The University of Arizona’s former pharmacy dean is facing new criminal charges and a civil lawsuit over allegations he brutally raped an unconscious woman at his Foothills home last fall.
Jesse Lyle Bootman, initially charged with sexual assault, sexual abuse and aggravated assault after a grand jury hearing in October, recently was indicted on additional charges of kidnapping and of drugging the alleged victim with a prescription sleep aid.
The new charges came from a second grand jury hearing held in March. Bootman’s defense team maintained the first grand jury wrongly indicted him last fall based on incomplete evidence.
But the second grand jury reaffirmed the three initial charges in addition to the two new ones, Pima County Superior Court records show. Bootman, 65, has pleaded not guilty to all the charges.
He is accused of giving the woman Zolpidem, the generic name for Ambien, a drug commonly prescribed for insomnia, the new indictment says. If convicted, he stands to lose the pharmacist’s license he has held for more than 40 years.
The UA banned Bootman from campus in the wake of criminal charges and removed him as dean of the College of Pharmacy, a position he’d held since 1987. He remains on administrative leave, still collecting his $287,000 dean’s salary while the charges are pending, UA spokesman Chris Sigurdson said.
The alleged victim, a real estate agent in her 40s, told police Bootman invited her to stop by to see his home last fall and fixed her a drink when she arrived.
She said she blacked out soon afterward and woke the next morning bleeding and naked in Bootman’s bed with him naked beside her.
The woman sustained a broken nose and other injuries consistent with a violent assault, authorities said.
A few weeks ago, the woman filed a civil suit against Bootman and two of his former lawyers, Brad Roach and Bobbi Berry.
Roach and Berry held a news conference attacking the woman’s credibility soon after Bootman was initially charged.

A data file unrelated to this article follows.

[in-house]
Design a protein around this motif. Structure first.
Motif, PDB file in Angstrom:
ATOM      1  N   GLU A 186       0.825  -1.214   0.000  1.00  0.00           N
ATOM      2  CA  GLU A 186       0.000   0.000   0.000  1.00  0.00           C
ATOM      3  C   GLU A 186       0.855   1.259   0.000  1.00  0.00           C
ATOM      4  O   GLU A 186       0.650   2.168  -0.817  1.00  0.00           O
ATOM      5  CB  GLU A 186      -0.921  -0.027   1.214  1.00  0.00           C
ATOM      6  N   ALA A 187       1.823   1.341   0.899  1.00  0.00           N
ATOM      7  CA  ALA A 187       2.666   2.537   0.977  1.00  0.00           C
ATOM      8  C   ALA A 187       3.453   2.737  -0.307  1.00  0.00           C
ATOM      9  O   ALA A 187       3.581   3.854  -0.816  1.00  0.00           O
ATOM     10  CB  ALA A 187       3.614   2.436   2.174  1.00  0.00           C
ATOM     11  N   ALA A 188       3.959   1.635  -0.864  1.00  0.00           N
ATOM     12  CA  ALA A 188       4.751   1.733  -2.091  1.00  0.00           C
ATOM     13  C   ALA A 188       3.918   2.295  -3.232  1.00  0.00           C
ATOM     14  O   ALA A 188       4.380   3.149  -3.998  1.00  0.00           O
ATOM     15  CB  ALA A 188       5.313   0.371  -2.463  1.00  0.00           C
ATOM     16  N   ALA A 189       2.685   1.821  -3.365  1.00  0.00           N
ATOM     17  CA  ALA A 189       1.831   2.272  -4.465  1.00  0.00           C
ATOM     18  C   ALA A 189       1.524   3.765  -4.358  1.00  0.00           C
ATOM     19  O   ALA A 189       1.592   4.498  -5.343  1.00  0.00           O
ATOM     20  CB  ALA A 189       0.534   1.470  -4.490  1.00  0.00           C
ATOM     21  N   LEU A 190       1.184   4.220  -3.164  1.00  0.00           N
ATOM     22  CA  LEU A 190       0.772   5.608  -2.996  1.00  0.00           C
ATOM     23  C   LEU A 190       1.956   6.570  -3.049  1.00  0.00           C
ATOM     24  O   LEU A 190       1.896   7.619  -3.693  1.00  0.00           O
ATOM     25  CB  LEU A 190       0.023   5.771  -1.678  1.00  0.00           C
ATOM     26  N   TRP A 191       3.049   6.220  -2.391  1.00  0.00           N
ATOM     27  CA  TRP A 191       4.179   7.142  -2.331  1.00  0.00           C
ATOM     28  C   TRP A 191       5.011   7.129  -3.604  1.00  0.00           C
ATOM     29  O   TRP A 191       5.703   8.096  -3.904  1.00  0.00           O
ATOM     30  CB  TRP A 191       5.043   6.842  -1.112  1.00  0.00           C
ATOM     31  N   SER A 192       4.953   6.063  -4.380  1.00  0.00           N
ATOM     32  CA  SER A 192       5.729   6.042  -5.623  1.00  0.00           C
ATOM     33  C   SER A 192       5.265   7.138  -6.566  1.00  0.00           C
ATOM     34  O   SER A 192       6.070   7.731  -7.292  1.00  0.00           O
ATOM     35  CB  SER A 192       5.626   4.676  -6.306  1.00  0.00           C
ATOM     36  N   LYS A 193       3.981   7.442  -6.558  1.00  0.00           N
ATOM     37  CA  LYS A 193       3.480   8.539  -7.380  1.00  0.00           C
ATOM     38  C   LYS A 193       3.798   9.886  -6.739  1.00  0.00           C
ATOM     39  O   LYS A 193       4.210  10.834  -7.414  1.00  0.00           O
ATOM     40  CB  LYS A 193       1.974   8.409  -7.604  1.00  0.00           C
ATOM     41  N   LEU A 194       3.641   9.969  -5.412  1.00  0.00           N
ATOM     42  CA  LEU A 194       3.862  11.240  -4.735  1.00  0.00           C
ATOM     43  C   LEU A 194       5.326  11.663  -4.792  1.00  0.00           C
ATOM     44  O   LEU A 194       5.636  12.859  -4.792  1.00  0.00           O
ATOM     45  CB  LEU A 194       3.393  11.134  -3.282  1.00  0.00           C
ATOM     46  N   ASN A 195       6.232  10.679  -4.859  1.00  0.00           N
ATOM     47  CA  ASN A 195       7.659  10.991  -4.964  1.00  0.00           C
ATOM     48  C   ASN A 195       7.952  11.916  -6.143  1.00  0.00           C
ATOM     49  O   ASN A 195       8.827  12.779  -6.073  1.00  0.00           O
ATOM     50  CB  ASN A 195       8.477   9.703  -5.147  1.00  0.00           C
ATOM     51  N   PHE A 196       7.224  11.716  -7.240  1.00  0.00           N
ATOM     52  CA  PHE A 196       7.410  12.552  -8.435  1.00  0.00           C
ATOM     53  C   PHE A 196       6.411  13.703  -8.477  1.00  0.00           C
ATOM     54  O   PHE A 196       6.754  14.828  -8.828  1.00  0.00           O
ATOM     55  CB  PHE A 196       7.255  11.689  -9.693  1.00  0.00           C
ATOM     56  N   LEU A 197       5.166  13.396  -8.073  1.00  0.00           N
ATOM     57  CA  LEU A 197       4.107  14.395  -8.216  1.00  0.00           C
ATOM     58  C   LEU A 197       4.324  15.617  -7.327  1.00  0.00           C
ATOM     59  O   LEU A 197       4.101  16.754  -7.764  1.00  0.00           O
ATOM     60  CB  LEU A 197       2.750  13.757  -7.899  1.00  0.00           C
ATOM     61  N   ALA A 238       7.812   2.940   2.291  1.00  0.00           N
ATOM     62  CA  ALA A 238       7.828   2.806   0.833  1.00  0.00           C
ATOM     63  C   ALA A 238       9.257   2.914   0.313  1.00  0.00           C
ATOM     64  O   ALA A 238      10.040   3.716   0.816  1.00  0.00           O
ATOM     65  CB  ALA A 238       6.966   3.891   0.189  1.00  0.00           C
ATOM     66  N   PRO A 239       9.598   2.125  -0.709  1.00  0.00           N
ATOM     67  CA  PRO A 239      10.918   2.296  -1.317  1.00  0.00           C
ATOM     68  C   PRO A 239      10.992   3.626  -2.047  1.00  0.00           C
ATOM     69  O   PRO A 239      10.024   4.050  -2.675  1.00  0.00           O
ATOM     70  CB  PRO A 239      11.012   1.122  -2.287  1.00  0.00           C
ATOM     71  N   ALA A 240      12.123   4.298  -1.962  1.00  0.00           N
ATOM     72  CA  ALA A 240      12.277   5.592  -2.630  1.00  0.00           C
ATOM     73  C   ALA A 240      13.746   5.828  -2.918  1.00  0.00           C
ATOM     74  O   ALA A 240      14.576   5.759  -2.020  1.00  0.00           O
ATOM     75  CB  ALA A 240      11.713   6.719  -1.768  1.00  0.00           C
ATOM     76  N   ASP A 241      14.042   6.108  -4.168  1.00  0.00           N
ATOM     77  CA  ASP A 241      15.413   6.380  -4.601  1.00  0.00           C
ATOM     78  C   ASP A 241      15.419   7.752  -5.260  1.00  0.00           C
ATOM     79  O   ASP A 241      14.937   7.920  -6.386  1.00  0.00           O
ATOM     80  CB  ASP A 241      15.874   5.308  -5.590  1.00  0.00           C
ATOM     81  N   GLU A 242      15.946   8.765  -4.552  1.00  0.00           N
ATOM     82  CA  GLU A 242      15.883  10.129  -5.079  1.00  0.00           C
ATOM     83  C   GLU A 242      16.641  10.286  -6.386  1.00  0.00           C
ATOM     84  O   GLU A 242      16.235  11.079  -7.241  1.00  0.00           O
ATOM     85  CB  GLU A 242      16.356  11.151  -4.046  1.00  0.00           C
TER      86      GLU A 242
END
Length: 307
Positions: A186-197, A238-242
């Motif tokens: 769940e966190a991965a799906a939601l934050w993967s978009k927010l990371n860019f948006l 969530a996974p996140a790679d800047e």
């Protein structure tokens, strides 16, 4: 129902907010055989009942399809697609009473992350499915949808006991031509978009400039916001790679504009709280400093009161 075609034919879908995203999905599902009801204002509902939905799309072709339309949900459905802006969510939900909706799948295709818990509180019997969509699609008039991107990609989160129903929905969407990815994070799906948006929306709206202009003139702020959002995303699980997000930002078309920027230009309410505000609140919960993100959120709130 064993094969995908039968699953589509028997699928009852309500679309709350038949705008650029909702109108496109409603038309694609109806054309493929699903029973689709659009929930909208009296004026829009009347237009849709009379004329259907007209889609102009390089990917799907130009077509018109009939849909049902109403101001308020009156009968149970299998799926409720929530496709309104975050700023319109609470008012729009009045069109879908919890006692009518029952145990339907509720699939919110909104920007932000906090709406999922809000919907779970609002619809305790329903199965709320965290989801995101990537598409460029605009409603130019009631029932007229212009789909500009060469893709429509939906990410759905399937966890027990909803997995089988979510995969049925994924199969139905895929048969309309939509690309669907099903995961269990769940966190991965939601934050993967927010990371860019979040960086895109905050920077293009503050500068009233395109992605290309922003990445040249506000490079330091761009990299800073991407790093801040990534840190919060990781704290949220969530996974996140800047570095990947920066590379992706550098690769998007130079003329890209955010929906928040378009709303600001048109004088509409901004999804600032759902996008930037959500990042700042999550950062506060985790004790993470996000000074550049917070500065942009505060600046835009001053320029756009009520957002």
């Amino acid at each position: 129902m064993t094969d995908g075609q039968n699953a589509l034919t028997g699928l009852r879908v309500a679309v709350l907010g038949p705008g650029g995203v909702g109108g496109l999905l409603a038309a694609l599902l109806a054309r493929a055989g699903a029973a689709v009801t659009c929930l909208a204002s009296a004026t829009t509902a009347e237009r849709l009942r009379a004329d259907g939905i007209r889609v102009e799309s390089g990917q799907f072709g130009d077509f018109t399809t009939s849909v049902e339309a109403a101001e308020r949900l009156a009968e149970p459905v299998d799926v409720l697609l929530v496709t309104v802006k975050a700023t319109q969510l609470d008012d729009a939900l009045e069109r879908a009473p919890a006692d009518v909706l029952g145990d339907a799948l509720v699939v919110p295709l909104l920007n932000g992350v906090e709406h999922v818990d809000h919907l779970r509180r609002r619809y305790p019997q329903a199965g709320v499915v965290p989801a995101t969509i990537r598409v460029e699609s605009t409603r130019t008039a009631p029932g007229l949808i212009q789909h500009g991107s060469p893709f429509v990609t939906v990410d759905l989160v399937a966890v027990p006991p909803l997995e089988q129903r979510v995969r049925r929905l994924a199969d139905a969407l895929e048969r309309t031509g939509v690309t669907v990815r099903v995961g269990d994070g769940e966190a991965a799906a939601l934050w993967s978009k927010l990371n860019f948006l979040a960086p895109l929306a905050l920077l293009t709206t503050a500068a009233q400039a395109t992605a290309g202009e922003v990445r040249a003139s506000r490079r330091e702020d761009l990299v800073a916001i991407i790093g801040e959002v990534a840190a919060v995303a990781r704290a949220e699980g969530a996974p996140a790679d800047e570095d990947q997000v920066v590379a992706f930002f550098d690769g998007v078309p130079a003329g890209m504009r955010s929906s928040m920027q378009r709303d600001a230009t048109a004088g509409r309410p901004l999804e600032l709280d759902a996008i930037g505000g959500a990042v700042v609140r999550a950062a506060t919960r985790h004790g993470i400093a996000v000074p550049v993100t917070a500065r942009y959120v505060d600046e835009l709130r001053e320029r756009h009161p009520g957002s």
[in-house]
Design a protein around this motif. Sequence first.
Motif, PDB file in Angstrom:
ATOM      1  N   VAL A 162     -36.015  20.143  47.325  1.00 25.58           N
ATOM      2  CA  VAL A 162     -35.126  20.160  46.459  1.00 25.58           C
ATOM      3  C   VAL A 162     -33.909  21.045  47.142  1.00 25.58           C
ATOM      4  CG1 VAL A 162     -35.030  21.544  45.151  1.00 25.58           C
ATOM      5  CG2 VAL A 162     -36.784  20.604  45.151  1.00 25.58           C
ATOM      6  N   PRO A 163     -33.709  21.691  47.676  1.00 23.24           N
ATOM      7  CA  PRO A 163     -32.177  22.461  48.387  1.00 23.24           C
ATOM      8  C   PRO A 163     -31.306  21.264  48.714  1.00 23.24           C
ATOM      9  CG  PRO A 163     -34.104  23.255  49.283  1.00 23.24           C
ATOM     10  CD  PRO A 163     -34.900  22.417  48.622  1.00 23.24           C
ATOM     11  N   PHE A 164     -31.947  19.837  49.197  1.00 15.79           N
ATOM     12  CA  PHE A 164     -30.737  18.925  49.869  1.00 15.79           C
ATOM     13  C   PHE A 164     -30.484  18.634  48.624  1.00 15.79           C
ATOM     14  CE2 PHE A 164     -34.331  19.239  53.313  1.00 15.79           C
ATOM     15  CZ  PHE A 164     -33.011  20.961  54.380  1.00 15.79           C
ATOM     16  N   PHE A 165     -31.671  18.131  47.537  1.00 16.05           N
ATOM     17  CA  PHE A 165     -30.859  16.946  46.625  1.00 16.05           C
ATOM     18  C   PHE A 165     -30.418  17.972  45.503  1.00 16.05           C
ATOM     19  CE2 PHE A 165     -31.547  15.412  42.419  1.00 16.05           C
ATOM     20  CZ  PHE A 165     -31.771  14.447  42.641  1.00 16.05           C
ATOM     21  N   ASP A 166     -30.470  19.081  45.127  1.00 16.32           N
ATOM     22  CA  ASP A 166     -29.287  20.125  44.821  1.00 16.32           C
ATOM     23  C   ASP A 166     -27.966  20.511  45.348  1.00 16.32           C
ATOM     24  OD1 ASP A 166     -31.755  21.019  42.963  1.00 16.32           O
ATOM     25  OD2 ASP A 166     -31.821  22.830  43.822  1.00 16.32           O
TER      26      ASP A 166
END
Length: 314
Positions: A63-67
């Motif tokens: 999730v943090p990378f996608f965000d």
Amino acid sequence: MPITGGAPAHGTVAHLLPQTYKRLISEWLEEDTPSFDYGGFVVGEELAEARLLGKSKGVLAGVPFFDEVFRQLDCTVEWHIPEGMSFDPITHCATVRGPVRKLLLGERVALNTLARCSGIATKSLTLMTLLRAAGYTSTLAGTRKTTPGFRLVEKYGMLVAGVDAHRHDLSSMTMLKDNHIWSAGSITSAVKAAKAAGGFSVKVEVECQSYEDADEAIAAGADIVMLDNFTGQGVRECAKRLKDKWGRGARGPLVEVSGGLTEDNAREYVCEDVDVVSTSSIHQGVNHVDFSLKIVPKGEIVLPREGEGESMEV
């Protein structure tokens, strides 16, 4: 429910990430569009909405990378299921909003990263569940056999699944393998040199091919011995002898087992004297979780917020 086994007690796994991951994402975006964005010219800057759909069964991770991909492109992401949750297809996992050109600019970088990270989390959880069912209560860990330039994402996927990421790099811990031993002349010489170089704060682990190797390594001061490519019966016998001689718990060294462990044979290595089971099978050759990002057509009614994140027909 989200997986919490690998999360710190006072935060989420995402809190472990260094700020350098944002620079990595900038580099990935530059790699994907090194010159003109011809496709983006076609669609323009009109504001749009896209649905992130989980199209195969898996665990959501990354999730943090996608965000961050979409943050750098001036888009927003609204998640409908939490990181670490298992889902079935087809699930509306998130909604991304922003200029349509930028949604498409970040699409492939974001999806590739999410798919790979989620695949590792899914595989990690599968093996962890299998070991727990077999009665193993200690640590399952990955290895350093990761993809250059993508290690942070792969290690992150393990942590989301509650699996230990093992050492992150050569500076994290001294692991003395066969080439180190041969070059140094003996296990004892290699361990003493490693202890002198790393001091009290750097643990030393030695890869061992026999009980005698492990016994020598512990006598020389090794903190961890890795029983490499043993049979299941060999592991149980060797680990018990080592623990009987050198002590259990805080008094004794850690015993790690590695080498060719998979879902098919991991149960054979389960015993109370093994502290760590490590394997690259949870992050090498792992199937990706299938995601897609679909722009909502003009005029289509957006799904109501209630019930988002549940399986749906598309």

They claimed she had “a significant criminal history” and had “financial motivations” for accusing him — statements her lawsuit says are “materially false.”
The woman’s lawsuit seeks unspecified damages for her “serious physical and emotional injuries.” It says she’s had two surgeries as a result of the attack.
Roach and Berry didn’t respond to requests for comment on the lawsuit. Joshua Hamilton, one of Bootman’s new defense attorneys, declined to comment on the civil case or the new criminal charges.
In related developments:
- Three different judges have overseen the Bootman case in the six months since he initially was charged. His lawyers have twice requested that presiding judges be removed and replaced. Court records don’t explain the requests, and the lawyers wouldn’t comment.
- Two of the three judges have given Bootman wide latitude to travel outside Arizona for business meetings and family visits while he awaits trial, despite objections from the victim and prosecutor. Superior Court Judge
- Scott Rash
- approved three trips to California since March. On Friday, Rash’s replacement, Judge
- Richard Nichols
- , approved another four trips to San Diego and Chicago between now and mid-June.
- Rash issued a gag order in March that prevents anyone involved in the criminal case from talking about it outside court. Bootman’s attorneys sought the order to limit further pretrial publicity, which they said could jeopardize his right to a fair trial.